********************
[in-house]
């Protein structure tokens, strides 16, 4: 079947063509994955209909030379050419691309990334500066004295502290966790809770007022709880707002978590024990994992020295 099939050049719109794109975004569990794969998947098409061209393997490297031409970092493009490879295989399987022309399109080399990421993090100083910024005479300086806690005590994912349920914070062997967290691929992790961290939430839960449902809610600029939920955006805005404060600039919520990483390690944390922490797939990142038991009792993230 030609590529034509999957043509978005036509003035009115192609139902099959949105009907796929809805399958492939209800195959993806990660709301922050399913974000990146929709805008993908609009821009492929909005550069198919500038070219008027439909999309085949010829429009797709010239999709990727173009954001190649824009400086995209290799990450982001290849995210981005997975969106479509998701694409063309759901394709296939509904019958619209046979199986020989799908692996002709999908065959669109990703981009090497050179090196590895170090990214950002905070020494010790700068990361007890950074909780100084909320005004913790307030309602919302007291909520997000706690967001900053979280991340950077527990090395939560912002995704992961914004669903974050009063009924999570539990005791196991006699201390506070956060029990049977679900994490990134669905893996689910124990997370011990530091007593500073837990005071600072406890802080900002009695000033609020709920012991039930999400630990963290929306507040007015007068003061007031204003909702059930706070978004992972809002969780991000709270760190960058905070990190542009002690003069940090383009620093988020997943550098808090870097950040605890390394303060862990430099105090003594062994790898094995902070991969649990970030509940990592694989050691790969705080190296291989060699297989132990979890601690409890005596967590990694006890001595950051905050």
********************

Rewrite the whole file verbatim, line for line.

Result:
[in-house]
């Protein structure tokens, strides 16, 4: 079947063509994955209909030379050419691309990334500066004295502290966790809770007022709880707002978590024990994992020295 099939050049719109794109975004569990794969998947098409061209393997490297031409970092493009490879295989399987022309399109080399990421993090100083910024005479300086806690005590994912349920914070062997967290691929992790961290939430839960449902809610600029939920955006805005404060600039919520990483390690944390922490797939990142038991009792993230 030609590529034509999957043509978005036509003035009115192609139902099959949105009907796929809805399958492939209800195959993806990660709301922050399913974000990146929709805008993908609009821009492929909005550069198919500038070219008027439909999309085949010829429009797709010239999709990727173009954001190649824009400086995209290799990450982001290849995210981005997975969106479509998701694409063309759901394709296939509904019958619209046979199986020989799908692996002709999908065959669109990703981009090497050179090196590895170090990214950002905070020494010790700068990361007890950074909780100084909320005004913790307030309602919302007291909520997000706690967001900053979280991340950077527990090395939560912002995704992961914004669903974050009063009924999570539990005791196991006699201390506070956060029990049977679900994490990134669905893996689910124990997370011990530091007593500073837990005071600072406890802080900002009695000033609020709920012991039930999400630990963290929306507040007015007068003061007031204003909702059930706070978004992972809002969780991000709270760190960058905070990190542009002690003069940090383009620093988020997943550098808090870097950040605890390394303060862990430099105090003594062994790898094995902070991969649990970030509940990592694989050691790969705080190296291989060699297989132990979890601690409890005596967590990694006890001595950051905050």